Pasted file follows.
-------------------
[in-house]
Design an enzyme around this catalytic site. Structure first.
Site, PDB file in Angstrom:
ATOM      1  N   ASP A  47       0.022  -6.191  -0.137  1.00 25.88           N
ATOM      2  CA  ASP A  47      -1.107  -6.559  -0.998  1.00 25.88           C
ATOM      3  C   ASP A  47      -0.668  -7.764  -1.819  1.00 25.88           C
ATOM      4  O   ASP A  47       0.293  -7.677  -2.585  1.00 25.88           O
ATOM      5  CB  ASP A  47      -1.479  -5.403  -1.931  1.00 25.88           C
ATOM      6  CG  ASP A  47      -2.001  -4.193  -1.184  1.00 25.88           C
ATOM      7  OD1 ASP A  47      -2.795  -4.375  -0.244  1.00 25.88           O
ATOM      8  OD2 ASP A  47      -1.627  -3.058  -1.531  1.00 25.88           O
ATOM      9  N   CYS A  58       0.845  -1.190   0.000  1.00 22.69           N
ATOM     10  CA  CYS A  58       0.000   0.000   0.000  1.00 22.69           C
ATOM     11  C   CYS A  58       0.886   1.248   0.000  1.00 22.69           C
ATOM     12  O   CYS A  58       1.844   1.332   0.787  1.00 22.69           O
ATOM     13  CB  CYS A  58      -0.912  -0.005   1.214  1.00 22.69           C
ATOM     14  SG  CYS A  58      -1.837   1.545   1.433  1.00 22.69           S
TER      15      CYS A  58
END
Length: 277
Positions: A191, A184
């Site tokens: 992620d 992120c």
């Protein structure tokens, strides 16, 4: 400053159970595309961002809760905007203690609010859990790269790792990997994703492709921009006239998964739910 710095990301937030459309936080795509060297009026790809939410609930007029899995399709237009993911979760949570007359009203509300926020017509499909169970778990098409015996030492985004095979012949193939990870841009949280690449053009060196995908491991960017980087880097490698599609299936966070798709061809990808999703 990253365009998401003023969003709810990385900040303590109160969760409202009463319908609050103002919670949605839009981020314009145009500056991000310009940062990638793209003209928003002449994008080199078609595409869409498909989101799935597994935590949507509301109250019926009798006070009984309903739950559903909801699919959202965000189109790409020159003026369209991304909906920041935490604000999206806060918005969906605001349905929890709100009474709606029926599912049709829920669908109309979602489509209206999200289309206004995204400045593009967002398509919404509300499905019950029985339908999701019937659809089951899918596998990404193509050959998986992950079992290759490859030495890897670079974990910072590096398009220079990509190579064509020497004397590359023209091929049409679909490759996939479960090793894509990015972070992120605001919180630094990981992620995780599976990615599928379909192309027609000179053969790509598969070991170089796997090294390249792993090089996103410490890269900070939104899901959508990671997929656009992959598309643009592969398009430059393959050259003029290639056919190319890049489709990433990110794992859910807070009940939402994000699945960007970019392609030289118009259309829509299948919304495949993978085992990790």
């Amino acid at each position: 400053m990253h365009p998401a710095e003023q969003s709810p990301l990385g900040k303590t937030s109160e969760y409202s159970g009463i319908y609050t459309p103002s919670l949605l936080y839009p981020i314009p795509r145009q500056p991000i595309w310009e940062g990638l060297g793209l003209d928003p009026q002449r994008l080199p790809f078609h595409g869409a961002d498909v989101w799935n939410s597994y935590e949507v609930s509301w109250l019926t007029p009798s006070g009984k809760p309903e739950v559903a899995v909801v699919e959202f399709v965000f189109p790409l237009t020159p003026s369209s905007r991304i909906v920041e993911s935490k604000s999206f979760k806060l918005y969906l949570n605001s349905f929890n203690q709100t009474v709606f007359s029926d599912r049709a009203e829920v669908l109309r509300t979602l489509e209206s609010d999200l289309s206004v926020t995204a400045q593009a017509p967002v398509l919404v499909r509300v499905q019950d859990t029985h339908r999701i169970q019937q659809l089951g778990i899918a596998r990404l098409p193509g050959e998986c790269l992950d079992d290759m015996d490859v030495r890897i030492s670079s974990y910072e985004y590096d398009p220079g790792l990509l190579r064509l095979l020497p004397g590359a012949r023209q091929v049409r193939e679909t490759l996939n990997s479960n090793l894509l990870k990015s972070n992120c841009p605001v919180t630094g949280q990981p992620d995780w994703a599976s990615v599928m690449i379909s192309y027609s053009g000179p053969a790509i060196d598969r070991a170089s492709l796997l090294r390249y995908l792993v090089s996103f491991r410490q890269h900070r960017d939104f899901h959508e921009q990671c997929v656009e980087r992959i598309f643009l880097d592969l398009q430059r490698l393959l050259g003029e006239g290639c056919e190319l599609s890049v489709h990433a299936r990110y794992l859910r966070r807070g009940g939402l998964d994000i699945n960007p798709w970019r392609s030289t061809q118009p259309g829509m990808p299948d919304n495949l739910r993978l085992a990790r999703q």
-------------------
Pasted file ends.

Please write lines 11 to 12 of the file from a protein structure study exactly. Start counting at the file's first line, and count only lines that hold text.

ATOM      8  OD2 ASP A  47      -1.627  -3.058  -1.531  1.00 25.88           O
ATOM      9  N   CYS A  58       0.845  -1.190   0.000  1.00 22.69           N